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Bitcoin traders believe $34K is the bottom, but evidence suggests it’s too early to declare. It’s also vital to consider BTC’s correlation to equity markets

Following its failure to break over the $45,000 obstacle on February 16, the price of Bitcoin (BTC) has dropped by 23% in the last eight days. The $34,300 low on February 24 occurred shortly after the Russian-Ukraine war erupted, causing a major sell-off in risk assets.

While Bitcoin hit a 30-day low, Asian stocks were also reacting to the worsening conditions, as indicated by Hong Kong’s Hang Seng index falling 3.5 percent and the Nikkei hitting a 15-month low.

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The first point to address is whether or not cryptocurrencies are overreacting in comparison to other risk assets. Bitcoin’s volatility, at 62 percent each year, is significantly higher than that of traditional markets.

The Russell 2000, a small and mid-cap stock market index in the United States, has a 30 percent yearly volatility. Meanwhile, Chinese equities have a market capitalization of 32 percent, according to the MSCI China index.

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Bitcoin, the Hang Seng stock market, and the Russell 2000 Index in the United States all have a strong link. The Federal Reserve’s tightening aims in the United States could be one cause. The monetary authority has sparked a “flight to safety” reaction by limiting bond buybacks and threatening to raise interest rates.

Despite the non-existent returns when adjusted for inflation of 7.5 percent, investors frequently seek safety in cash U.S. dollar positions and Treasury bills. This is particularly true in times of great uncertainty.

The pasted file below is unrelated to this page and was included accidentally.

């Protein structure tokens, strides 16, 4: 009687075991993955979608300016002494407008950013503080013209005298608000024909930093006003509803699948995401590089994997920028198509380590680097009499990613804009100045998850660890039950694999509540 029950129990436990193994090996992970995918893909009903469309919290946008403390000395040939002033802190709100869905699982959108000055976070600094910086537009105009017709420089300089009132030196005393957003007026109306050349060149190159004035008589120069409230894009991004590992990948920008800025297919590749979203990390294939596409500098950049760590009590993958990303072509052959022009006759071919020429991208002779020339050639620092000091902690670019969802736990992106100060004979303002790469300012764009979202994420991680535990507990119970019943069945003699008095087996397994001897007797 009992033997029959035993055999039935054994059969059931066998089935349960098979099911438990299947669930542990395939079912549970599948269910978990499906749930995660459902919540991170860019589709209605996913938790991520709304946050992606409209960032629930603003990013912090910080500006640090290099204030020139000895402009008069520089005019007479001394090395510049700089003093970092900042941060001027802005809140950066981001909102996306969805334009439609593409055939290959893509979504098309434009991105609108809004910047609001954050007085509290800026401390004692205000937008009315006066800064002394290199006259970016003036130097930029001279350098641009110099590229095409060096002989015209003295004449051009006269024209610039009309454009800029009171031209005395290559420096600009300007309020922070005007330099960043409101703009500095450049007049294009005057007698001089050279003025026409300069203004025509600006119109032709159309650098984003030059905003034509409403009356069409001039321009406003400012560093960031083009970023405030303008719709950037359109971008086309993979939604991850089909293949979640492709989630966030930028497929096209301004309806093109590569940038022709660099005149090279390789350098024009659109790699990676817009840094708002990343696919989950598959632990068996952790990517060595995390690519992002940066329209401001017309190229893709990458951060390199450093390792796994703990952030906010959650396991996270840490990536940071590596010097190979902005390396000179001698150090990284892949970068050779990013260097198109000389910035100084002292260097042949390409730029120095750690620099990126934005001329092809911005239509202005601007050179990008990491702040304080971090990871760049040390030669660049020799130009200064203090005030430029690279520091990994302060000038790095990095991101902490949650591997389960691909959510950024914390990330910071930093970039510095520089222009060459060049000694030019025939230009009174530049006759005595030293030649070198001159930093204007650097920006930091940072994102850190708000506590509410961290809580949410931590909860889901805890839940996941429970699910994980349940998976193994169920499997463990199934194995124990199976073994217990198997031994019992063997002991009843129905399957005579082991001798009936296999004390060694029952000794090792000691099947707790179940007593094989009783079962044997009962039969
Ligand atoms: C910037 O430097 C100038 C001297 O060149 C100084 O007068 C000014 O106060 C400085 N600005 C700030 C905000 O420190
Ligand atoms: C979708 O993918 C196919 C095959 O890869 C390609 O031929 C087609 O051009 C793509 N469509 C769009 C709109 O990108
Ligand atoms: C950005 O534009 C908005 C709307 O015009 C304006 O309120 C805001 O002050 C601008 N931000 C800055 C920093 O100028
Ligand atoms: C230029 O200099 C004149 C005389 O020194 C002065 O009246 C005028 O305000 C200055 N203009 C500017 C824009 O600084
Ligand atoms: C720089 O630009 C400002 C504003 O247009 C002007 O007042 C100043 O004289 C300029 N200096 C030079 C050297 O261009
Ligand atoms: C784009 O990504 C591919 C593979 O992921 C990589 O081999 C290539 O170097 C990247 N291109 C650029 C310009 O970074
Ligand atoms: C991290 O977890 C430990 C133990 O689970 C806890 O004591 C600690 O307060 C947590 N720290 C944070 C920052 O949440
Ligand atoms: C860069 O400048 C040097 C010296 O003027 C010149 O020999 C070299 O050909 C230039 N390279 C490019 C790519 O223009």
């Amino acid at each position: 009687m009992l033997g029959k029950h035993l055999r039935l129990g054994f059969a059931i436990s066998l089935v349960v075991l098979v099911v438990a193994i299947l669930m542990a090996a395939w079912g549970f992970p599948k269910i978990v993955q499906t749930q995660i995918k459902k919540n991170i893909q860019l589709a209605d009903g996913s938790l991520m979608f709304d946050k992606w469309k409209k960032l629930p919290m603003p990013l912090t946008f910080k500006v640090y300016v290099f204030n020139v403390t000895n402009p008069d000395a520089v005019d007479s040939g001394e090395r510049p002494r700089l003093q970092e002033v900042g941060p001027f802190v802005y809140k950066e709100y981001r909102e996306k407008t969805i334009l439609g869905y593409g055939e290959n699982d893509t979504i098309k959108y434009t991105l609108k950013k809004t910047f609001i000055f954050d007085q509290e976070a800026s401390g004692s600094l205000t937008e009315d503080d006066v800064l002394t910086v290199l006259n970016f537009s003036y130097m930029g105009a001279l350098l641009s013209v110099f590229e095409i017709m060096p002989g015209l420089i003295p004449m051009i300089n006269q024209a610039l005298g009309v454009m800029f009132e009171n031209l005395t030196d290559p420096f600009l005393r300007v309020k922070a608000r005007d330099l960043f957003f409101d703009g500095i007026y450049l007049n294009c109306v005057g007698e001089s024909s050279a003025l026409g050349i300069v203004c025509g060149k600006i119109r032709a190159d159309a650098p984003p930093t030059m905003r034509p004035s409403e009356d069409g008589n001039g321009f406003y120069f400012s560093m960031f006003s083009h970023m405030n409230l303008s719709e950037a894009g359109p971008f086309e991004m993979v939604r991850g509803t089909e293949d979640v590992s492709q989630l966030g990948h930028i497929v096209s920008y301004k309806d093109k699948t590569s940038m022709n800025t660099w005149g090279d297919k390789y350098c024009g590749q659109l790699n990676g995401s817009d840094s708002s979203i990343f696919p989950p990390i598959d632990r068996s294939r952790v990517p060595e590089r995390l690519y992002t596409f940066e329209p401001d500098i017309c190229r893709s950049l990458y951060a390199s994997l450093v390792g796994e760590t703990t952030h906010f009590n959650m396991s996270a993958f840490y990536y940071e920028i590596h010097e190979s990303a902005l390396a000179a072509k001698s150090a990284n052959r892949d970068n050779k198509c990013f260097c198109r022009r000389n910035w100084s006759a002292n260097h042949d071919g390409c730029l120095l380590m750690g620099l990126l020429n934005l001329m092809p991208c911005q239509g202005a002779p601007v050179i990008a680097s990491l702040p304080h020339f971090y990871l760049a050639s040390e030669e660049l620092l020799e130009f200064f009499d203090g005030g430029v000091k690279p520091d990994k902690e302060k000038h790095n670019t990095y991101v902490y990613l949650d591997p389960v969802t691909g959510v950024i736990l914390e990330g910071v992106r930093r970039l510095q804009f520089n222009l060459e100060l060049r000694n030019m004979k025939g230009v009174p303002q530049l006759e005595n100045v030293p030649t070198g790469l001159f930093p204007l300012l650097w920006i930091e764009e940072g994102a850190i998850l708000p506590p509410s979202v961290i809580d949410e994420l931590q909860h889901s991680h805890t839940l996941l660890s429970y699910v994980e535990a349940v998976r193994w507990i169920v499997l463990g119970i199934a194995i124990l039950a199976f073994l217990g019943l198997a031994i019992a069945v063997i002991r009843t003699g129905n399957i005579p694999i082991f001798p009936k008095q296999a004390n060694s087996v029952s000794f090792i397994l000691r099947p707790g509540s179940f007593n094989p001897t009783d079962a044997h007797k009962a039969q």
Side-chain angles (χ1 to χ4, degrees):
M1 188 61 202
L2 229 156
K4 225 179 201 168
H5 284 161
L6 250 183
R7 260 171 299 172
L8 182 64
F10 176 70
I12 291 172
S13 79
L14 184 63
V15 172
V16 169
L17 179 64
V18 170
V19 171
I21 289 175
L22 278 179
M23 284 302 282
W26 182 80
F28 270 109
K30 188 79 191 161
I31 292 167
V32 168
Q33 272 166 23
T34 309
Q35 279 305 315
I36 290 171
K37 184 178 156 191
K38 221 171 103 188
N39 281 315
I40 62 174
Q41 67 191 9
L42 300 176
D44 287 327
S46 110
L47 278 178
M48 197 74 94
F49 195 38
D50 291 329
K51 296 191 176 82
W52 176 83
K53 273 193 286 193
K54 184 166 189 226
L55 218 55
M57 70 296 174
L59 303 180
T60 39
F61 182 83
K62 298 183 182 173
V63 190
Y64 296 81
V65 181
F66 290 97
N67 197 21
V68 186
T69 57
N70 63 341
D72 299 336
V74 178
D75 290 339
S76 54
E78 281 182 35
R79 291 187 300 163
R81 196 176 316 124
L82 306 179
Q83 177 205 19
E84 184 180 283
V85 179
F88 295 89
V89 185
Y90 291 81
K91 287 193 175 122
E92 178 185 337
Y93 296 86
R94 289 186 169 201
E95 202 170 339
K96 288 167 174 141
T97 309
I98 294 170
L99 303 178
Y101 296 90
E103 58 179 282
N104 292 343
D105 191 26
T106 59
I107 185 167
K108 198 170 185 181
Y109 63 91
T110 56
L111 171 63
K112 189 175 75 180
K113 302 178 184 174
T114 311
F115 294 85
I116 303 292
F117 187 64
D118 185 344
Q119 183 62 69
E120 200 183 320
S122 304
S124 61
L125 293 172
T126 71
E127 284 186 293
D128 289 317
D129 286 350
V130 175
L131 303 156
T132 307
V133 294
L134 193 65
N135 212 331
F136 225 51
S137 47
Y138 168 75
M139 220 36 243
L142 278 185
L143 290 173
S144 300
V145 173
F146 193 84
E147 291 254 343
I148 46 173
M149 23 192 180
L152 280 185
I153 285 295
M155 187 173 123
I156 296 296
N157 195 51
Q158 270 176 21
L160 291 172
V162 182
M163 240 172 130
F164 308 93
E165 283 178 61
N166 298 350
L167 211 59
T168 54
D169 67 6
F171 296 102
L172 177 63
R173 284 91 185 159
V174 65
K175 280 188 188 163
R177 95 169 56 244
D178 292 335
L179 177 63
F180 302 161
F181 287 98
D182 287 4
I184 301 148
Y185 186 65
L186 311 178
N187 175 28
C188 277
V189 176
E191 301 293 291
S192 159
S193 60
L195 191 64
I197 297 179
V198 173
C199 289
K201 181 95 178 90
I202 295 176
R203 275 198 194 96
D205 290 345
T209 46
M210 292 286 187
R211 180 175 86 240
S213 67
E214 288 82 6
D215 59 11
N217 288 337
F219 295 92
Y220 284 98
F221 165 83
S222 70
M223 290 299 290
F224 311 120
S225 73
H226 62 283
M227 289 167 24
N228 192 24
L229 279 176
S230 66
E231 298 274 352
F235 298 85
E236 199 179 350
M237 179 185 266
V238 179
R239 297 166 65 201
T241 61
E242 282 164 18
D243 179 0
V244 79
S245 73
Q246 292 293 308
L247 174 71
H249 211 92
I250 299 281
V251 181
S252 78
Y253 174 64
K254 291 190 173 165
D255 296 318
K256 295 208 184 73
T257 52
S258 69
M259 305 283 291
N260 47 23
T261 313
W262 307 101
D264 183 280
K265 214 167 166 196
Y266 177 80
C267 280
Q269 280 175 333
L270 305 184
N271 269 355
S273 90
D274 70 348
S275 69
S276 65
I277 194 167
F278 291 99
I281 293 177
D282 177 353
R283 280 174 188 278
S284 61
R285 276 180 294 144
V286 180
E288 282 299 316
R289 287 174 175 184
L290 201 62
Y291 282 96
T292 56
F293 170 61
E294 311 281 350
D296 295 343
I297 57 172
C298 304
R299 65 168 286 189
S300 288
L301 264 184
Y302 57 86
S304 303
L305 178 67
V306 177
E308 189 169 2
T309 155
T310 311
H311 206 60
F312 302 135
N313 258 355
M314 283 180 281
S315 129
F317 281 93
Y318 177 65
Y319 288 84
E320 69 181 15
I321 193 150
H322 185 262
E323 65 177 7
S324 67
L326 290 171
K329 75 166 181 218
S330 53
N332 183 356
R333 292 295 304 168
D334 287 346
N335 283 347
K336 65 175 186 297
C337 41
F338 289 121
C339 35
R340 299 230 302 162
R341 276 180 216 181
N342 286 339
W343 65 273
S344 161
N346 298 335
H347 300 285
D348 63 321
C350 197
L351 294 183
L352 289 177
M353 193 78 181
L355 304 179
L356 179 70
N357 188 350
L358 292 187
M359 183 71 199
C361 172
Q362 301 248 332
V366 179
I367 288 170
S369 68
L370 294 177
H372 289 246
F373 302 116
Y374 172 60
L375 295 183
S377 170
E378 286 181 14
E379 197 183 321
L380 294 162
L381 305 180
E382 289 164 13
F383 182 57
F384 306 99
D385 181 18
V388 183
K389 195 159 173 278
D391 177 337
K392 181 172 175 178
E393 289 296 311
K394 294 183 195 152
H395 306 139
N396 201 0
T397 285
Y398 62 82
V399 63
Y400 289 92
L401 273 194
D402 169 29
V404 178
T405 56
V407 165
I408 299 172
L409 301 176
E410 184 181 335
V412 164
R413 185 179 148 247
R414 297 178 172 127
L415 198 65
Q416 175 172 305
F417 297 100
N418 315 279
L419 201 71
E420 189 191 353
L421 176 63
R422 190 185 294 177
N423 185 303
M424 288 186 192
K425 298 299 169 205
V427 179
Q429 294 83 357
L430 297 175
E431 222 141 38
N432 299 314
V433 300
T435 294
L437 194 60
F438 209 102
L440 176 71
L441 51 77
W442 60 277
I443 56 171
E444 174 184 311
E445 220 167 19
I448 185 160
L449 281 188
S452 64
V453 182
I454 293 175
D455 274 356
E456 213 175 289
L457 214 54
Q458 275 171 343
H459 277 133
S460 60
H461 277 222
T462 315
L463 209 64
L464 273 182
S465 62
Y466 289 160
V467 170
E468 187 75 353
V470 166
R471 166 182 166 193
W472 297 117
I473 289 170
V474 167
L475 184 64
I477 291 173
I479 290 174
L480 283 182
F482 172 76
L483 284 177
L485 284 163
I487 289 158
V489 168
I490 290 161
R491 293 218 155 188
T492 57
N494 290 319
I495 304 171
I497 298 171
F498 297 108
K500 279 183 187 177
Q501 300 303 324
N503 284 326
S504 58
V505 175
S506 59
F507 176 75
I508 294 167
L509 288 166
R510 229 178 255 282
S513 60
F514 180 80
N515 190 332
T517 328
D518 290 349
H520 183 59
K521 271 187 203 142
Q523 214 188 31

Bitcoin futures traders are pessimistic.

Bitcoin derivatives should be monitored to understand how professional traders are positioned. The yearly premium on Bitcoin futures should be between 5% and 12% to compensate traders for “locking in” their money for two to three months until the contract expires.

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An annualized premium of more than 12% implies bullishness, while levels below 5% are severely pessimistic. The futures premium fell below 5% on February 9, as illustrated above, indicating a lack of confidence among professional traders.

Although the current rate of 2.5 percent is the lowest since July 20, it marks the end of a 74-day price correction. That occurrence was followed by a 71 percent gain, corroborating the thesis that the futures premium is a backward-looking indication.

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On July 20, the correlation between Bitcoin and the Russell 2000 Index was relatively high. However, once BTC began to rally independently of traditional markets, the situation swiftly reversed.

Although the bottom may have been reached, uncertainty might lead to more losses.

The correlation statistic, like the futures premium, is based on past data and should not be used to forecast trend reversals. During times of market turmoil, investors, particularly professional fund managers, tend to shun high-volatility assets.

Understanding market psychology is critical for preventing price movements that are unanticipated. As a result, as long as market participants view Bitcoin to be a hazardous asset, these short-term declines should be the norm rather than the exception.

As a result, it makes reasonable to hold off on predicting a Bitcoin bottom until further decoupling indications emerge.

Disclaimer: These are the writer’s opinions and should not be considered investment advice. Readers should do their own research.

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